Breaking Down Barriers: Best Practices for Student Retention

By Jill Sand, MEd, RRT, Dean of Health Sciences, Southeast Community College

Jill Sand, MEd, RRT, Dean of Health Sciences, Southeast Community College

As program directors and instructors, we know the many challenges of running a surgical technology program. What we don’t always know is what our students might be going through outside the classroom. This requires educators and student support systems to use a variety of tools to meet the needs of students.

At Southeast Community College (SCC), we implemented a variety of student success best practices. Our end goal is to retain students in the program by providing a sense of belonging and developing future workplace skills to support the knowledge and skills they are gaining.

Establishing Best Practices for Student Success

One successful best practice was to initiate a required program orientation for new students, which occurs one month prior to the start of the program. Students bring a support person (family member or friend) with them, with the intent of sharing what their journey will be like and how they may need support while in the program. Having students’ families or friends present on one of their first days at SCC helps create more personal bonds with the individuals they bring to the orientation.

Sharon Rehn, CST, RN, BS, MA, Program Chair for Surgical Technology, Southeast Community College

Sharon Rehn, SCC surgical technology program director (pictured left), strongly believes support is a must for her students. “We find that if we start building relationships early and on a more personal level, our students are more inclined to come to us when difficult or unexpected events occur,” she says. “It’s important that our students understand from the start that our doors are open when they need assistance.”

As for the college, there are many student success resources available, and it is important to make sure students are aware of each one. SCC resources include Student Success Coaches, free printing, a food bank, computer resources and grant opportunities to support their education goals.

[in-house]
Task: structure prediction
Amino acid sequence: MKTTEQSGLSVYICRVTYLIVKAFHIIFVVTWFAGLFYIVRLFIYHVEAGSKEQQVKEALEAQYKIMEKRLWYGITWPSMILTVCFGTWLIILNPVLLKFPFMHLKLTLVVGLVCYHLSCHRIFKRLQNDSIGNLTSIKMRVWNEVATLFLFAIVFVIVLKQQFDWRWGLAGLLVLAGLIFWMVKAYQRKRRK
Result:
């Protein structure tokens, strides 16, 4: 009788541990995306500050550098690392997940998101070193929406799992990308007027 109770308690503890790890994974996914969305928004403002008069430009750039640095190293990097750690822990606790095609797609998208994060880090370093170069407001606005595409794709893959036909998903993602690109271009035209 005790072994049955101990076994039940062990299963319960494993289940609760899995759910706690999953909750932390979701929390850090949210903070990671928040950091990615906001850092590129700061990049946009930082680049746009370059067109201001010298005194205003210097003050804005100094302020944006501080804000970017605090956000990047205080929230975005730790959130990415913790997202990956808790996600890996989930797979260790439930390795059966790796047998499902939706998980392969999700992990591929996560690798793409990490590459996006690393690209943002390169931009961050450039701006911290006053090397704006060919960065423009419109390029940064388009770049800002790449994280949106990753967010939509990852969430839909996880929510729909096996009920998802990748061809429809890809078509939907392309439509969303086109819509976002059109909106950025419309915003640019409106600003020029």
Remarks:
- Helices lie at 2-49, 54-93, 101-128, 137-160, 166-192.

In addition, SCC’s Counseling Assistance Program for Students (CAPS) program has proven a valuable resource. CAPS provides free counseling to support the mental health concerns that students face and offers best practices to support them toward success. The program is a great avenue of support for students to develop lifelong skills in managing their mental health and cope with difficult life situations. Students are given 15 sessions that come as part of their program fees.

Getting Smart With Financial Aid

Many of our students utilize federal financial aid like loans, Pell grants and Project HELP (Health Education Laddering Program). Project HELP is a Nebraska-based, five-year, grant-funded project through the Department of Health and Human Services. It is an opportunity specific to low-income health sciences students. The grant supports students in 11 of the 16 health sciences programs at SCC.

Project HELP offers individual support, tutoring, referrals, college success/career coaching, scholarships and more. Their services to students include:

  • Required regular advising
  • Purchase of required materials and supplies (scrubs, tools, stethoscopes, etc.)
  • Laptop checkout
  • Employment assistance (resume workshop, interview preparation)
  • Tuition assistance
  • Financial transportation assistance (gas cards)

The HELP Grant not only aids students, but also provides funding to hire adjunct lab instructors at our distant clinical/lab sites. Geographically, Nebraska provides a challenging barrier to the rural student wanting a career in healthcare, such as surgical technology. With only three surgical technology programs in Nebraska located in the corners of the state, access is a major issue for students. We have found a solution to the problem by offering surgical technology and other health sciences programs online to those students who are place-bound individuals.

Project HELP has become an excellent best practice. The grant has assisted more than 2,000 people in working toward their dreams and investing in their futures. Just a few results include: 

  • 91% of participants complete their education/training
  • 69% are employed in a new healthcare career
  • The average pay increase after completion is $4.21/hour and most receive full benefits
  • In 2018-2019, $94,259 worth of support services were provided

For 20 years, we have been able to expand the surgical technology profession to rural students by using technology and local skilled graduates to bring surgical technology education to the smaller communities who deserve the same quality of care urban areas have. We have seen a drastic change in the success of our online students with this addition of lab instructors within their own community.

Student retention can be a delicate balance. While there are factors outside a program’s control, as program directors and educators, we can focus on thoughtful, innovative solutions that are within our power. When we start by thinking from the perspective of the student, and the challenges they may face, we take a step in the right direction.


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